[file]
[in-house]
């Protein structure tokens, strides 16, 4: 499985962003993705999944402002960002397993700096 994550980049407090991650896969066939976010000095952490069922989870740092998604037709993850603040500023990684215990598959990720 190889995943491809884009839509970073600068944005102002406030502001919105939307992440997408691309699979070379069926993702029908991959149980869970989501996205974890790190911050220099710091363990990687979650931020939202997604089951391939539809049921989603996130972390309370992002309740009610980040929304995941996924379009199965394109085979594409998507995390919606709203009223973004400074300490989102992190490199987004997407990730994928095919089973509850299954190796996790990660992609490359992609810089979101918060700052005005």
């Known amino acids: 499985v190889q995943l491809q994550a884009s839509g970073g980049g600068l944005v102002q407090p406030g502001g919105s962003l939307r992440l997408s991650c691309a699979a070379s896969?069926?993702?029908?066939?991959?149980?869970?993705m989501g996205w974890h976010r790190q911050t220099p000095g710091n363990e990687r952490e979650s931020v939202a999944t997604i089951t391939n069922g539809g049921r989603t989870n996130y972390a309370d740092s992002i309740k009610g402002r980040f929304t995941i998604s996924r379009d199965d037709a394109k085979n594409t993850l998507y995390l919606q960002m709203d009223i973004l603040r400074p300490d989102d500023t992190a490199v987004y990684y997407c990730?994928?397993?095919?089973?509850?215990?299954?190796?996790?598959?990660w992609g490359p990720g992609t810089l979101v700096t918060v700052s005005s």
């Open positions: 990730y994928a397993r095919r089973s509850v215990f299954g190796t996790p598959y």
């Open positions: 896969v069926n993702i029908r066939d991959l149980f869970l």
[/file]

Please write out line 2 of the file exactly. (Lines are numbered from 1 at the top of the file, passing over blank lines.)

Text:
């Protein structure tokens, strides 16, 4: 499985962003993705999944402002960002397993700096 994550980049407090991650896969066939976010000095952490069922989870740092998604037709993850603040500023990684215990598959990720 190889995943491809884009839509970073600068944005102002406030502001919105939307992440997408691309699979070379069926993702029908991959149980869970989501996205974890790190911050220099710091363990990687979650931020939202997604089951391939539809049921989603996130972390309370992002309740009610980040929304995941996924379009199965394109085979594409998507995390919606709203009223973004400074300490989102992190490199987004997407990730994928095919089973509850299954190796996790990660992609490359992609810089979101918060700052005005």